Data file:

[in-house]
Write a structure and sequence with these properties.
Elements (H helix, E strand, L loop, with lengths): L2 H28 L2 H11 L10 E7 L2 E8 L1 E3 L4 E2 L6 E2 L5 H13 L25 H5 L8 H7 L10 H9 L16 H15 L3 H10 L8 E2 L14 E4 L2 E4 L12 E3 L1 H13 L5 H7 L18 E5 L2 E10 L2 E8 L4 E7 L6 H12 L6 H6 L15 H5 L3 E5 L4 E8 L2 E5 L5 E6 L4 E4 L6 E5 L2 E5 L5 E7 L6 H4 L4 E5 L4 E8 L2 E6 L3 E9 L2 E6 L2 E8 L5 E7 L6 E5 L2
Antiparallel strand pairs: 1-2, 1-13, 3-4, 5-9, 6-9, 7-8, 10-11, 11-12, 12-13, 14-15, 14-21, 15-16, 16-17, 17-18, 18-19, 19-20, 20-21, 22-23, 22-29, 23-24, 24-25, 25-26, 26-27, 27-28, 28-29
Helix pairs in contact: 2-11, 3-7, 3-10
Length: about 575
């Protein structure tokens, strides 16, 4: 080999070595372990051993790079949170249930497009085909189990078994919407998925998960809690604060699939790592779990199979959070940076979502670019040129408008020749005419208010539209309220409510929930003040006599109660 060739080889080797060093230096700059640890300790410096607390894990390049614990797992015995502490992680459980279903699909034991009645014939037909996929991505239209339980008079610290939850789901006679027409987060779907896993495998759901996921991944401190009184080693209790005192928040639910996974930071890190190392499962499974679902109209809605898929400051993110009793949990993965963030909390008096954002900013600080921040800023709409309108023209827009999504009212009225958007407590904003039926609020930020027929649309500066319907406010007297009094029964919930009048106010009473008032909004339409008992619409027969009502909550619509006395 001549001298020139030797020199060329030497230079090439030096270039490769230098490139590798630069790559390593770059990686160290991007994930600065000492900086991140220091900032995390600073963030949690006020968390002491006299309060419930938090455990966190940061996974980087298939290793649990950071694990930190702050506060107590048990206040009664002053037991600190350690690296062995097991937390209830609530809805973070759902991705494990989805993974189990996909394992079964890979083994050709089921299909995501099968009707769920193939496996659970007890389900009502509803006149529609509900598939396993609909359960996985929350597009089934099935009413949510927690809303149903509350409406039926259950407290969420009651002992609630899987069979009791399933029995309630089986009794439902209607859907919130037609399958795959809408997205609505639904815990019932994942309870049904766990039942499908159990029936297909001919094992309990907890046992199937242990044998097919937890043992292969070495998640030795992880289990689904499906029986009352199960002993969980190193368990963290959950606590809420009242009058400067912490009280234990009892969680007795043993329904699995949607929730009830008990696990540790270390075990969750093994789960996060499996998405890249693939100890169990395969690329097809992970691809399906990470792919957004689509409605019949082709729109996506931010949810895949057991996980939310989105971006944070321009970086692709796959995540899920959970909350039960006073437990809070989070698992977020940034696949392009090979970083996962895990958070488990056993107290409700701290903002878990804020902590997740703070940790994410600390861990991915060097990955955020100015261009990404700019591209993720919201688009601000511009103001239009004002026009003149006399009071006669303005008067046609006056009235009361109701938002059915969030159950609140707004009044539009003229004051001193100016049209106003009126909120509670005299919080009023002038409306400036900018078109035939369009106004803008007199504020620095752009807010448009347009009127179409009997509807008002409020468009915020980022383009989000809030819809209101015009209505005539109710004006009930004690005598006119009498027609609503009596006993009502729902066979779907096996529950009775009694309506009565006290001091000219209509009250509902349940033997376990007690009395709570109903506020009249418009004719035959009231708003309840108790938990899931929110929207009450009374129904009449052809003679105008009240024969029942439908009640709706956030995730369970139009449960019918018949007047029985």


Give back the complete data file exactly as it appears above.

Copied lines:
[in-house]
Write a structure and sequence with these properties.
Elements (H helix, E strand, L loop, with lengths): L2 H28 L2 H11 L10 E7 L2 E8 L1 E3 L4 E2 L6 E2 L5 H13 L25 H5 L8 H7 L10 H9 L16 H15 L3 H10 L8 E2 L14 E4 L2 E4 L12 E3 L1 H13 L5 H7 L18 E5 L2 E10 L2 E8 L4 E7 L6 H12 L6 H6 L15 H5 L3 E5 L4 E8 L2 E5 L5 E6 L4 E4 L6 E5 L2 E5 L5 E7 L6 H4 L4 E5 L4 E8 L2 E6 L3 E9 L2 E6 L2 E8 L5 E7 L6 E5 L2
Antiparallel strand pairs: 1-2, 1-13, 3-4, 5-9, 6-9, 7-8, 10-11, 11-12, 12-13, 14-15, 14-21, 15-16, 16-17, 17-18, 18-19, 19-20, 20-21, 22-23, 22-29, 23-24, 24-25, 25-26, 26-27, 27-28, 28-29
Helix pairs in contact: 2-11, 3-7, 3-10
Length: about 575
């Protein structure tokens, strides 16, 4: 080999070595372990051993790079949170249930497009085909189990078994919407998925998960809690604060699939790592779990199979959070940076979502670019040129408008020749005419208010539209309220409510929930003040006599109660 060739080889080797060093230096700059640890300790410096607390894990390049614990797992015995502490992680459980279903699909034991009645014939037909996929991505239209339980008079610290939850789901006679027409987060779907896993495998759901996921991944401190009184080693209790005192928040639910996974930071890190190392499962499974679902109209809605898929400051993110009793949990993965963030909390008096954002900013600080921040800023709409309108023209827009999504009212009225958007407590904003039926609020930020027929649309500066319907406010007297009094029964919930009048106010009473008032909004339409008992619409027969009502909550619509006395 001549001298020139030797020199060329030497230079090439030096270039490769230098490139590798630069790559390593770059990686160290991007994930600065000492900086991140220091900032995390600073963030949690006020968390002491006299309060419930938090455990966190940061996974980087298939290793649990950071694990930190702050506060107590048990206040009664002053037991600190350690690296062995097991937390209830609530809805973070759902991705494990989805993974189990996909394992079964890979083994050709089921299909995501099968009707769920193939496996659970007890389900009502509803006149529609509900598939396993609909359960996985929350597009089934099935009413949510927690809303149903509350409406039926259950407290969420009651002992609630899987069979009791399933029995309630089986009794439902209607859907919130037609399958795959809408997205609505639904815990019932994942309870049904766990039942499908159990029936297909001919094992309990907890046992199937242990044998097919937890043992292969070495998640030795992880289990689904499906029986009352199960002993969980190193368990963290959950606590809420009242009058400067912490009280234990009892969680007795043993329904699995949607929730009830008990696990540790270390075990969750093994789960996060499996998405890249693939100890169990395969690329097809992970691809399906990470792919957004689509409605019949082709729109996506931010949810895949057991996980939310989105971006944070321009970086692709796959995540899920959970909350039960006073437990809070989070698992977020940034696949392009090979970083996962895990958070488990056993107290409700701290903002878990804020902590997740703070940790994410600390861990991915060097990955955020100015261009990404700019591209993720919201688009601000511009103001239009004002026009003149006399009071006669303005008067046609006056009235009361109701938002059915969030159950609140707004009044539009003229004051001193100016049209106003009126909120509670005299919080009023002038409306400036900018078109035939369009106004803008007199504020620095752009807010448009347009009127179409009997509807008002409020468009915020980022383009989000809030819809209101015009209505005539109710004006009930004690005598006119009498027609609503009596006993009502729902066979779907096996529950009775009694309506009565006290001091000219209509009250509902349940033997376990007690009395709570109903506020009249418009004719035959009231708003309840108790938990899931929110929207009450009374129904009449052809003679105008009240024969029942439908009640709706956030995730369970139009449960019918018949007047029985």